My English is “Americanized” and while my Swiss German (again, similarities having to explain to varying German languages) is second nature, an accent creep has appeared and I now speak French with an American accent.
    Thanks for another great article!


    Paul Strikwerda Reply:

    Swiss and Swedish? I had no idea these two languages would be mixed up so easily. To me they don’t sound alike at all.

    I’m particularly annoyed when I hear people advertise themselves as a Dutch speaker, and they have a horrible foreign accent. Clients often don’t realize that even within the Netherlands there are huge regional differences in pronunciation.


  4. Mike Cooper

    Nice post, Paul, and one that echoes a lot of my thoughts after a year or so of being a British voice over in America. There’s a fascination about Britain and British accents, but a misconception that we all talk like we’re in Downton Abbey. All that said, er, “I’m loving it”. Enough said…


    Paul Strikwerda Reply:

    I can’t tell you how many times I have heard the line: “I love your accent!” Perhaps companies like Netflix can change the perception of British accents a bit. They don’t exactly speak the Queen’s English in “Peaky Blinders,” “Happy Valley,” or “Hinterland.”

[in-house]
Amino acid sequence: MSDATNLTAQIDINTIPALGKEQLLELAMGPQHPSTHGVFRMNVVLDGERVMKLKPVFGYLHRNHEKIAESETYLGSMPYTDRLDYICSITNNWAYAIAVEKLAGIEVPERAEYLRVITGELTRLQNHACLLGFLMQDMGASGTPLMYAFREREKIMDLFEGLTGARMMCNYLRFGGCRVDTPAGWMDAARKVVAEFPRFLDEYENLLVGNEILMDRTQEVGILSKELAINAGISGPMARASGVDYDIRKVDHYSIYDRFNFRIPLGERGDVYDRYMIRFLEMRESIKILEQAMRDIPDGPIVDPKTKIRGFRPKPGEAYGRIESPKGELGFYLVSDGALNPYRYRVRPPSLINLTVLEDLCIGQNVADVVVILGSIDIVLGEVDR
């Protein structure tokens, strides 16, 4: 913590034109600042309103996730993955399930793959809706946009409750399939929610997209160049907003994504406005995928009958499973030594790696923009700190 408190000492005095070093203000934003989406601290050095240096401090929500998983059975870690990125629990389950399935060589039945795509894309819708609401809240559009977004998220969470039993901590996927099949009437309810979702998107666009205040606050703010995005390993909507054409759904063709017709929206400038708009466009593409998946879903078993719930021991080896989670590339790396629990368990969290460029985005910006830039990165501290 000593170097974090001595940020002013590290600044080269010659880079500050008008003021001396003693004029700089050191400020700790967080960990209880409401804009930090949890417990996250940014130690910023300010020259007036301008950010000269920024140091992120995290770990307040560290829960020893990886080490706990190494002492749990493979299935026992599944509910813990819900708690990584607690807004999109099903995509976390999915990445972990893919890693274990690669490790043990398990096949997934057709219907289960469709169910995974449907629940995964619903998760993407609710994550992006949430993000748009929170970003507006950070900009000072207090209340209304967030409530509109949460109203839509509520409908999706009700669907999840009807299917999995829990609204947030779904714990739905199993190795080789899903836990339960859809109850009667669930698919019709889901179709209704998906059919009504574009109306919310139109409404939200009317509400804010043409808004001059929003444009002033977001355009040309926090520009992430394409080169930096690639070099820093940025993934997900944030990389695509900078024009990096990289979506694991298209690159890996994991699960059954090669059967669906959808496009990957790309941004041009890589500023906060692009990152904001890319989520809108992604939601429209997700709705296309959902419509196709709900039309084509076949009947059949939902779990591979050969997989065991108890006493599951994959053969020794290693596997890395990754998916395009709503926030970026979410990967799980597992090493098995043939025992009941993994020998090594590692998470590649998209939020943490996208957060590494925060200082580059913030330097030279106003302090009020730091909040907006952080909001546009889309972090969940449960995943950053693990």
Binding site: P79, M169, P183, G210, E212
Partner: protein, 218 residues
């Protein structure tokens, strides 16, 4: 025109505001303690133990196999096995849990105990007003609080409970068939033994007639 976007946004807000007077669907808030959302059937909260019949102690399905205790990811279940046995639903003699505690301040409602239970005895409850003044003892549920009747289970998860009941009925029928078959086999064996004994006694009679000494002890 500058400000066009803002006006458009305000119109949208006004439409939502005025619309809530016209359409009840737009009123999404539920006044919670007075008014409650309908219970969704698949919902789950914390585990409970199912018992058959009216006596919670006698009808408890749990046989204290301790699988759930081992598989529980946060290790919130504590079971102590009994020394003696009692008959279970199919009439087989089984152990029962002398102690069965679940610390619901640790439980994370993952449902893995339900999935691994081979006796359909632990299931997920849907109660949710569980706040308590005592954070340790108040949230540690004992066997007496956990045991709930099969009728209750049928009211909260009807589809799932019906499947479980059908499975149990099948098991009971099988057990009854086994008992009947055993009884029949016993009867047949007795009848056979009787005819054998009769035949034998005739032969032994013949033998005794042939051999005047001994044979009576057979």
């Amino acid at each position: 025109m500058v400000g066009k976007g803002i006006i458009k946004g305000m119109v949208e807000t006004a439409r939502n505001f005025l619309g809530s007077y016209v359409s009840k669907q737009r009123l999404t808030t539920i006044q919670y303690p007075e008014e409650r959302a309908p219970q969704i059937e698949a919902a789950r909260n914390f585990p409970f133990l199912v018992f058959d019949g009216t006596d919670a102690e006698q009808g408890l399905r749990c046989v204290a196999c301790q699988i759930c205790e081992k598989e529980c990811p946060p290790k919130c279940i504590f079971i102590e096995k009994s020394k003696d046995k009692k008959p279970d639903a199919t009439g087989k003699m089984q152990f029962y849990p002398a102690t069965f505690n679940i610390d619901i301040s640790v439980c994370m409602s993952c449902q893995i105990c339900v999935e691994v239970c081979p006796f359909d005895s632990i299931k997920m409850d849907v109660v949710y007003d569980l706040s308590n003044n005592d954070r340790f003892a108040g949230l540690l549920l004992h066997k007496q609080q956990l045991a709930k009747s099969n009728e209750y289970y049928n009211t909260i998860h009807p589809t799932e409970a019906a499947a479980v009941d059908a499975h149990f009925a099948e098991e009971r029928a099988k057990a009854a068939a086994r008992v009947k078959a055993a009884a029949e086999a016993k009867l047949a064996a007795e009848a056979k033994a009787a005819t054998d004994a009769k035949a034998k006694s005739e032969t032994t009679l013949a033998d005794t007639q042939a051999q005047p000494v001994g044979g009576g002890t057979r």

5. Ted McAleer

    International business in a foreign country, that sounds familiar! I had to take the same route. Here, a familiar reference is critical. That’s the key that opens the door to getting your demo heard. And on that note, overproduction demos are bad too. Most times, producers want recent examples of dry recordings and a link to the final product.
    Great blog as always!


    Paul Strikwerda Reply:

    Thanks Ted. I agree with you on the demos. The new trend is to supply “unfooled around with audio.”


  6. Mike Broderick

    While it’s not quite “swings and round-abouts” as people might say here in the UK, there are both challenges and opportunities to being an expatriate voice-over artist.

    Still, it’s all in a day’s work when you’re carving out your place in this interesting, demanding, and rewarding field.


  7. Mike Broderick

    Good one Paul.

    As an American in the UK (12 years here; 3 in voice-over), I find that I face some similar challenges.

    On the one hand I get some national US audition opportunities through P2P’s that I might not otherwise get. On the other hand there doesn’t appear to be huge on-going demand for American voices in the media here. In addition, I don’t have daily access to American media, which makes understanding current Stateside VO trends more challenging too.

    Re: Americans not being well-traveled or globally aware, I think a lot of it comes down to not having time. With most Americans only getting two weeks worth of vacation every year, there simply isn’t time to see the world. (Which is why many of the Yanks you’ll see abroad are either students or retirees.)


    Paul Strikwerda Reply:

    You’re right, Mike. America is known as the “no vacation nation.” The United States is the only developed nation that treats paid time off as a perk rather than a right.